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In a free market economy, the participants of the economy can be divided into two broad categories, the consumers i.e. the households and the producers which are the businesses. When households buy from the businesses they pay them for the goods and services received. The amount received by the businesses is used to buy resources and to pay for the labor employed to produce what the businesses sell. The labor is provided to the businesses by people who are members of the households that buy from the producers. In many cases raw materials are also bought from people that form the consumers of the same businesses they sell their produce to.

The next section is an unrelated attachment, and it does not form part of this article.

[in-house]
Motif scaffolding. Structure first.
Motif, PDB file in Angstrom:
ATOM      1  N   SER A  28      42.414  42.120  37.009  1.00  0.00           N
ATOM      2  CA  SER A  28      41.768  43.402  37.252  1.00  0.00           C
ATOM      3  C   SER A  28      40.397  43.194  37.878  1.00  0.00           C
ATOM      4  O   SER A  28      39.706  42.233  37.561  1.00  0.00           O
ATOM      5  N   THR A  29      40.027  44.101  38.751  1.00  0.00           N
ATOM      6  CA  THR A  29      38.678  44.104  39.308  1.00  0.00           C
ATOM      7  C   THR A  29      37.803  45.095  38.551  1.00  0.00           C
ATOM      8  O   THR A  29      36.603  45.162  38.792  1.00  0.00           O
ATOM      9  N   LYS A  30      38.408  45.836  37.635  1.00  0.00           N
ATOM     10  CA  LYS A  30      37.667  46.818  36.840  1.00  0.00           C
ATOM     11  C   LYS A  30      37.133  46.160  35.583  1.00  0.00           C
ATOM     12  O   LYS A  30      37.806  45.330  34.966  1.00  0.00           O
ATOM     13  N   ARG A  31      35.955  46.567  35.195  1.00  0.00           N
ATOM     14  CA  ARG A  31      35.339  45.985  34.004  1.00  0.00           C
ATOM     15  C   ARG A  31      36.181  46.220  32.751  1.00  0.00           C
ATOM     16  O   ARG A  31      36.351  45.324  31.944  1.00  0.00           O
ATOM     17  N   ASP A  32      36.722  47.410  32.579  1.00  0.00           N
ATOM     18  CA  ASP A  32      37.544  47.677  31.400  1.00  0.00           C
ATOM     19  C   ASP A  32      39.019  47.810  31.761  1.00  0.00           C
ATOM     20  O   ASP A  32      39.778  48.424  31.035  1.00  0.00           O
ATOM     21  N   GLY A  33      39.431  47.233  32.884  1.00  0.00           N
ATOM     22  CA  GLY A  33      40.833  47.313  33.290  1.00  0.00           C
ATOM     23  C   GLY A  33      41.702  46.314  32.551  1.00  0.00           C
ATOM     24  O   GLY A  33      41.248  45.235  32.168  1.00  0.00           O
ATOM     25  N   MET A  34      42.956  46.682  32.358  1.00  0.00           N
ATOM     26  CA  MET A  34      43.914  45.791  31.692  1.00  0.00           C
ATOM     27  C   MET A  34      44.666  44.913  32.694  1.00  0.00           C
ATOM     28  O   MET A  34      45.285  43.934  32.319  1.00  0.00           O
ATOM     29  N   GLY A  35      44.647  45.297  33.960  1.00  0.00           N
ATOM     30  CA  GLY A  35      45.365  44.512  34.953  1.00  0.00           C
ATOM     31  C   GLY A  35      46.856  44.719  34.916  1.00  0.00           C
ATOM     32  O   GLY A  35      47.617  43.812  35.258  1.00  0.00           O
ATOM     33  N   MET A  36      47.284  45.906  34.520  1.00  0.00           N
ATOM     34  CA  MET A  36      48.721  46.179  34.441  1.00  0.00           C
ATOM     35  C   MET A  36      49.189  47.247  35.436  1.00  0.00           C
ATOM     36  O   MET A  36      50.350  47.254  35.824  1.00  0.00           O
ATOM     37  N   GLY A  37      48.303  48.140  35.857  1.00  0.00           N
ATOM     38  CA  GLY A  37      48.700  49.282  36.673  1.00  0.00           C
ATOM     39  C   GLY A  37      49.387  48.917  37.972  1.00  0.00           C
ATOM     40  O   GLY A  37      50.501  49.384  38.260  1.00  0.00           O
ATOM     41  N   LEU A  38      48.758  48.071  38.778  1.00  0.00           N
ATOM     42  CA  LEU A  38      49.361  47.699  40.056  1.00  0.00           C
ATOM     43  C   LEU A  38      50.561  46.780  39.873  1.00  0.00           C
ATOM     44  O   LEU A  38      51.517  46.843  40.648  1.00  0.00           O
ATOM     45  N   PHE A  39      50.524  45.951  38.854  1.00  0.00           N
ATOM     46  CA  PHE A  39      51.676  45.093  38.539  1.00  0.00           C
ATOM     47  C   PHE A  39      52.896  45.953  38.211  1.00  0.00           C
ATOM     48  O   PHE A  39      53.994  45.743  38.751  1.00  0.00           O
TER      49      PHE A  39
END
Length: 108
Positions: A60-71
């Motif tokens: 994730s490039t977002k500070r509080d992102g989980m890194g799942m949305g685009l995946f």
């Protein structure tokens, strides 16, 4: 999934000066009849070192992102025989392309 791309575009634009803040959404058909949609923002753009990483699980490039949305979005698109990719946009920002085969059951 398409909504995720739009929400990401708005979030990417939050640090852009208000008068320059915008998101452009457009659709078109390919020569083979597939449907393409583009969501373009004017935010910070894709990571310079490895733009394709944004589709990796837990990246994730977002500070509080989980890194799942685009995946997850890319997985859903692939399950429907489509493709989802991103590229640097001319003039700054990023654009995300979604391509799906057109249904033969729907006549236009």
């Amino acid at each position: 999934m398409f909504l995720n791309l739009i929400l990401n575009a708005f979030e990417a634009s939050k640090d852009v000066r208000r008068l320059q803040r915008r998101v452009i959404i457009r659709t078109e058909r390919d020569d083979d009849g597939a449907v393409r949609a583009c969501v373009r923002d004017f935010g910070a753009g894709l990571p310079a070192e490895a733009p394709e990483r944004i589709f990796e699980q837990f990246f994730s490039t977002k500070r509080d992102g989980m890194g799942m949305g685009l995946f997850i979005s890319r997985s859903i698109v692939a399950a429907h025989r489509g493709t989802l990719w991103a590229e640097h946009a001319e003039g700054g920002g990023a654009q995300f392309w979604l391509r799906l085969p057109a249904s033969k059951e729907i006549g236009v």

As a result of this, money moves in a circle, from the households to the businesses and back to the households. If there is an increase in consumption by the households the demand for the goods and services produced by the businesses goes up and so does their expenditure in procuring raw material and paying labor. As businesses pay more wages households have a larger amount to spend on the produce of the businesses.
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